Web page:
While other states have been passing meaningless bills to nullify the federal healthcare reform law, California lawmakers have moved swiftly to implement one of its key features: a new marketplace for individuals and small groups to buy health coverage. Last week, the Legislature gave final approval to two bills that would establish this market, dubbed the California Health Benefits Exchange, no later than Jan. 1, 2014. The measures — AB 1602 and SB 900 — are good for consumers and competition, although not necessarily for every competitor in the market today. Gov. Arnold Schwarzenegger, who was an early backer of insurance exchanges, should cement his support by signing these bills.
Consumers buying individual policies and small companies buying coverage for their employees pay significantly higher rates in part because the risks covered aren't spread across a large pool of customers. Another factor, though, is that they don't have the bargaining power with insurers that big groups do. The federal healthcare law authorized states to create exchanges to help close that gap, as well as to make it easier for people to evaluate the policies being offered.
The two bills, which the Schwarzenegger administration helped develop with top Democrats in the Legislature, shouldn't be controversial — they don't require anyone to buy insurance or any insurers to participate in the exchange. Nor would the exchange be the only source of individual or small-group policies in California, although it would be the only place where working-class Californians could buy insurance subsidized by federal taxpayers.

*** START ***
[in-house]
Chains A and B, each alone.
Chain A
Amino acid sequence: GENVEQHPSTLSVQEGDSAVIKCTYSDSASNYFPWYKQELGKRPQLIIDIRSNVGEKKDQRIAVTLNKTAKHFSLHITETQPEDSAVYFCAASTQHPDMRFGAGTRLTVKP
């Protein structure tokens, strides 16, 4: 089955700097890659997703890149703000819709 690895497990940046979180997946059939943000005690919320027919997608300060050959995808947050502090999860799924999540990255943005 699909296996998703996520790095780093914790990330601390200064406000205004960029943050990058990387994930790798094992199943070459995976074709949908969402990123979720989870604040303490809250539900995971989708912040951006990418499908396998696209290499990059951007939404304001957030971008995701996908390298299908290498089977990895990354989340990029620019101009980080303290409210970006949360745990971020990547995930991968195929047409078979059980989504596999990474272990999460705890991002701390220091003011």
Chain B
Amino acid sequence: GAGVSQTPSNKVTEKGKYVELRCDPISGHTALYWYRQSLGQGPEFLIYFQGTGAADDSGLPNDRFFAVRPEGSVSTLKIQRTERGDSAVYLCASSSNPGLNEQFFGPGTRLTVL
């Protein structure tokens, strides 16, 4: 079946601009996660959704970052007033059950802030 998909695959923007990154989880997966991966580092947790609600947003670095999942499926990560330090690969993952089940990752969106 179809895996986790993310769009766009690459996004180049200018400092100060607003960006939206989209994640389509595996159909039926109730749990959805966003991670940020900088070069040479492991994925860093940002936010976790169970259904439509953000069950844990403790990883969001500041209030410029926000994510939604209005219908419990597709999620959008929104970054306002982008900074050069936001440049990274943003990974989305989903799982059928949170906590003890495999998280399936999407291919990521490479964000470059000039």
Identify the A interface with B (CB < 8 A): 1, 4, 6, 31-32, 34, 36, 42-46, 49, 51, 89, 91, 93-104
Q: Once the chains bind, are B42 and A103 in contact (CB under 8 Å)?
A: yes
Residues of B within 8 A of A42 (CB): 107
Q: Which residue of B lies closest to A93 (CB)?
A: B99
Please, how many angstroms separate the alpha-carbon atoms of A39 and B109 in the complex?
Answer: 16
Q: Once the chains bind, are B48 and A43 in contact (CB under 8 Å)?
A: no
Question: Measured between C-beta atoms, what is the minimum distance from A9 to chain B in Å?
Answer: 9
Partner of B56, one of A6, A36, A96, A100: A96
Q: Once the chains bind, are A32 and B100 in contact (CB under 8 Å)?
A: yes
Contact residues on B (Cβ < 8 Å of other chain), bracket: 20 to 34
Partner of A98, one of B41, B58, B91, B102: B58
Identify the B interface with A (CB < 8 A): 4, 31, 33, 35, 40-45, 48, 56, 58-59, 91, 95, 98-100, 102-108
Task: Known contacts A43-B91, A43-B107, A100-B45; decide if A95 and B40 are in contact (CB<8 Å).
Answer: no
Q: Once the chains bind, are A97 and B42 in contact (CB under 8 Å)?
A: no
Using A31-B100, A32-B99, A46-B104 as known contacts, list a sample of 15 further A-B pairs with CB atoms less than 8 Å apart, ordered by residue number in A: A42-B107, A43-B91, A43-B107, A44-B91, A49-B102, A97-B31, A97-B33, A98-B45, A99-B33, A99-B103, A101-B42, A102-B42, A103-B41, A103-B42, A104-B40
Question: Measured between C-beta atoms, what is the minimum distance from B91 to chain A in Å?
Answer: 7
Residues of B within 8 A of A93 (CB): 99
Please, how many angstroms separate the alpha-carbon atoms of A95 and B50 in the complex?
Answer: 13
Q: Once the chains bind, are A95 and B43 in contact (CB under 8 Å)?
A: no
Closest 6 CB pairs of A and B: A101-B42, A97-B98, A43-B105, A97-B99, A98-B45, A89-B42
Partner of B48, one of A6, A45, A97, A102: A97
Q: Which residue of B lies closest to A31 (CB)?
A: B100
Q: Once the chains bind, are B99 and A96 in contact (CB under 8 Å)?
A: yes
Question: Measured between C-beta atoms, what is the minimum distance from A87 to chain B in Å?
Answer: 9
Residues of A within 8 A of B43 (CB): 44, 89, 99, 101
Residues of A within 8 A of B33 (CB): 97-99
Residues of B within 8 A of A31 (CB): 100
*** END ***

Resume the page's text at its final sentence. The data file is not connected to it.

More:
Nevertheless, Anthem Blue Cross and the California Chamber of Commerce have led the fight to stop the measures. Their main complaint is that the bills would empower the exchange to pick which insurance plans to make available, rather than requiring it to offer every plan that met the minimum standards set by the federal government. Under the latter approach, market forces would eventually drive low-quality and excessively costly plans out of the exchange. But giving the exchange the power to negotiate for better terms should move that process along faster. That's one of the main reasons to have an exchange.
Other welcome provisions would deter insurers from trying either to push the riskiest customers into the exchange or to skim the cream of the customers there. It's also worth noting that the costs of the exchange would be covered by federal grants and fees on participating insurance plans, not the state's overburdened general fund. Many details would remain to be worked out by the exchange's governing board, but that's all the more reason to get started now. Schwarzenegger has called on California to be in the forefront of healthcare reform; signing these bills will put it there.